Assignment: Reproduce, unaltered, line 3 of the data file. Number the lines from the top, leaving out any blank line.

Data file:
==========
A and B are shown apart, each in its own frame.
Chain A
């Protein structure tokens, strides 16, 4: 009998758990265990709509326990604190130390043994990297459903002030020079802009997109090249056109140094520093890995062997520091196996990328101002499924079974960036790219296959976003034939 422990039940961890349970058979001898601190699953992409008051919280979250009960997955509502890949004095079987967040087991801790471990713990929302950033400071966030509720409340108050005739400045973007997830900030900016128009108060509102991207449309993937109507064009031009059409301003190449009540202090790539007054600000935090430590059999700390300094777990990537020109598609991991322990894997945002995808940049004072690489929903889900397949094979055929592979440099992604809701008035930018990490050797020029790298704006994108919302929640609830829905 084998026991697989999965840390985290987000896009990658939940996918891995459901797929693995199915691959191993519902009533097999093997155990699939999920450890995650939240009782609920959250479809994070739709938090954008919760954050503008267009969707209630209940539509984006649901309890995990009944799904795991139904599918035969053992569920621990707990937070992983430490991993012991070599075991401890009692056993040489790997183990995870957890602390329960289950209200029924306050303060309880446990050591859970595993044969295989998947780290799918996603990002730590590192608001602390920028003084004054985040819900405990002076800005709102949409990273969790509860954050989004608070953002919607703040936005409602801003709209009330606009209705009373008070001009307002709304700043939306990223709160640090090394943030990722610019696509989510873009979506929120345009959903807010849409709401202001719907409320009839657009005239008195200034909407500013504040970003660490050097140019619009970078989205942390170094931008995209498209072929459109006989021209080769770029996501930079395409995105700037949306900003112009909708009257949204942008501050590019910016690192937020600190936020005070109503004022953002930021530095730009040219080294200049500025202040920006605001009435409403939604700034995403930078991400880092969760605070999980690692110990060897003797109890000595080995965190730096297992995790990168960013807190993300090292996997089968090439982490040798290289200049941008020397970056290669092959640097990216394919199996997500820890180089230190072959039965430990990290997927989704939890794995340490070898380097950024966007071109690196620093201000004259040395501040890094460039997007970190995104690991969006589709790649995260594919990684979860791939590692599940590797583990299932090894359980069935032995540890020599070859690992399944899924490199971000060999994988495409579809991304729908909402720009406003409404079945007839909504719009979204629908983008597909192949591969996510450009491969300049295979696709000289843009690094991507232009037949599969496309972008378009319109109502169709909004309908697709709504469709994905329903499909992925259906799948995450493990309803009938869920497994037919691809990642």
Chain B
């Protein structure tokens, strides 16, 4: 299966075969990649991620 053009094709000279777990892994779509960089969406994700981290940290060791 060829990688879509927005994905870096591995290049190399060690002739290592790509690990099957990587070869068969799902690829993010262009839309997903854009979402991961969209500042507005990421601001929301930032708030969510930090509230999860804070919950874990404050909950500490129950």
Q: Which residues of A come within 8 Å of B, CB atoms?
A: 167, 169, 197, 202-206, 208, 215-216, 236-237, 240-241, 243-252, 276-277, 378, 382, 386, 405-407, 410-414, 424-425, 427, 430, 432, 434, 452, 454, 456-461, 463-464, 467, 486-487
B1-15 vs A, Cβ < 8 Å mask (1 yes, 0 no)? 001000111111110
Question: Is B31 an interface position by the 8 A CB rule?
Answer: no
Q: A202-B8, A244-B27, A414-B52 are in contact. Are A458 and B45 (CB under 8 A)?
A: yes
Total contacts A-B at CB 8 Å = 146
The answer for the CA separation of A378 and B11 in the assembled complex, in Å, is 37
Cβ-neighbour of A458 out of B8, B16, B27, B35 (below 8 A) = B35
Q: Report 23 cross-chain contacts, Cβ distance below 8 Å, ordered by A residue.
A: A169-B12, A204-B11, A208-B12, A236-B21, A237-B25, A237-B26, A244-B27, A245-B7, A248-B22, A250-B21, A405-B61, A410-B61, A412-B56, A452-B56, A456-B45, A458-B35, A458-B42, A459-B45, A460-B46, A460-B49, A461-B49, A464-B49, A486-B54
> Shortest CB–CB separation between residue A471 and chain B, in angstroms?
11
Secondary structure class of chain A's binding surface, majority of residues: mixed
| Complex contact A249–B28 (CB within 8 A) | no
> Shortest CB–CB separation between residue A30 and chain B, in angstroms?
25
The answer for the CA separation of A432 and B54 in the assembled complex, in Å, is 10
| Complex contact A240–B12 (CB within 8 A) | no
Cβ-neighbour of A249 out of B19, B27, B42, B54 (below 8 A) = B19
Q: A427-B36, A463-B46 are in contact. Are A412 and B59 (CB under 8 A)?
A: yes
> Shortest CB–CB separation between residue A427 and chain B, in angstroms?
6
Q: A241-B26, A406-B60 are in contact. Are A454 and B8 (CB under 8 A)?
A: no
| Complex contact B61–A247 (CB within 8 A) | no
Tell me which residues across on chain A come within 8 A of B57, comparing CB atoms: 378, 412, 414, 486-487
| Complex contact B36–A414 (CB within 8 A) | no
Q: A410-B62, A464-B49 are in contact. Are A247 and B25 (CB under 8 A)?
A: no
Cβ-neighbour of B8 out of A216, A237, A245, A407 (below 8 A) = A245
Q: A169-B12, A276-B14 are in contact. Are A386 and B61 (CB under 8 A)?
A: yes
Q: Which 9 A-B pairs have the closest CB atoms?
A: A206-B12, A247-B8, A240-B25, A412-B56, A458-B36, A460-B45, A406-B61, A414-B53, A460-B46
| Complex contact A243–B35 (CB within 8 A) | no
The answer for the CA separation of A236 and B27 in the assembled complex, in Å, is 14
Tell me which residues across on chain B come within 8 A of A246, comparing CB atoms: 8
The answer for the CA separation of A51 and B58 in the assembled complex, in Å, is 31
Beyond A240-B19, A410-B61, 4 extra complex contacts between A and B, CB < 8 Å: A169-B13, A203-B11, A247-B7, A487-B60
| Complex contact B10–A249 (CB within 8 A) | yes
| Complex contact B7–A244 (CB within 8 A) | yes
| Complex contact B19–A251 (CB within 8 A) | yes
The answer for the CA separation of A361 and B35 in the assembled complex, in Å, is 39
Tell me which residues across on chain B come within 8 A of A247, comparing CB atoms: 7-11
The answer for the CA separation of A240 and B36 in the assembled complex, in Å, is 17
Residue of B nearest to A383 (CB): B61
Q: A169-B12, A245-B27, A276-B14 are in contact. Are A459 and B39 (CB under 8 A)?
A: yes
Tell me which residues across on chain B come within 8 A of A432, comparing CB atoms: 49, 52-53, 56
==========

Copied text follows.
């Protein structure tokens, strides 16, 4: 009998758990265990709509326990604190130390043994990297459903002030020079802009997109090249056109140094520093890995062997520091196996990328101002499924079974960036790219296959976003034939 422990039940961890349970058979001898601190699953992409008051919280979250009960997955509502890949004095079987967040087991801790471990713990929302950033400071966030509720409340108050005739400045973007997830900030900016128009108060509102991207449309993937109507064009031009059409301003190449009540202090790539007054600000935090430590059999700390300094777990990537020109598609991991322990894997945002995808940049004072690489929903889900397949094979055929592979440099992604809701008035930018990490050797020029790298704006994108919302929640609830829905 084998026991697989999965840390985290987000896009990658939940996918891995459901797929693995199915691959191993519902009533097999093997155990699939999920450890995650939240009782609920959250479809994070739709938090954008919760954050503008267009969707209630209940539509984006649901309890995990009944799904795991139904599918035969053992569920621990707990937070992983430490991993012991070599075991401890009692056993040489790997183990995870957890602390329960289950209200029924306050303060309880446990050591859970595993044969295989998947780290799918996603990002730590590192608001602390920028003084004054985040819900405990002076800005709102949409990273969790509860954050989004608070953002919607703040936005409602801003709209009330606009209705009373008070001009307002709304700043939306990223709160640090090394943030990722610019696509989510873009979506929120345009959903807010849409709401202001719907409320009839657009005239008195200034909407500013504040970003660490050097140019619009970078989205942390170094931008995209498209072929459109006989021209080769770029996501930079395409995105700037949306900003112009909708009257949204942008501050590019910016690192937020600190936020005070109503004022953002930021530095730009040219080294200049500025202040920006605001009435409403939604700034995403930078991400880092969760605070999980690692110990060897003797109890000595080995965190730096297992995790990168960013807190993300090292996997089968090439982490040798290289200049941008020397970056290669092959640097990216394919199996997500820890180089230190072959039965430990990290997927989704939890794995340490070898380097950024966007071109690196620093201000004259040395501040890094460039997007970190995104690991969006589709790649995260594919990684979860791939590692599940590797583990299932090894359980069935032995540890020599070859690992399944899924490199971000060999994988495409579809991304729908909402720009406003409404079945007839909504719009979204629908983008597909192949591969996510450009491969300049295979696709000289843009690094991507232009037949599969496309972008378009319109109502169709909004309908697709709504469709994905329903499909992925259906799948995450493990309803009938869920497994037919691809990642």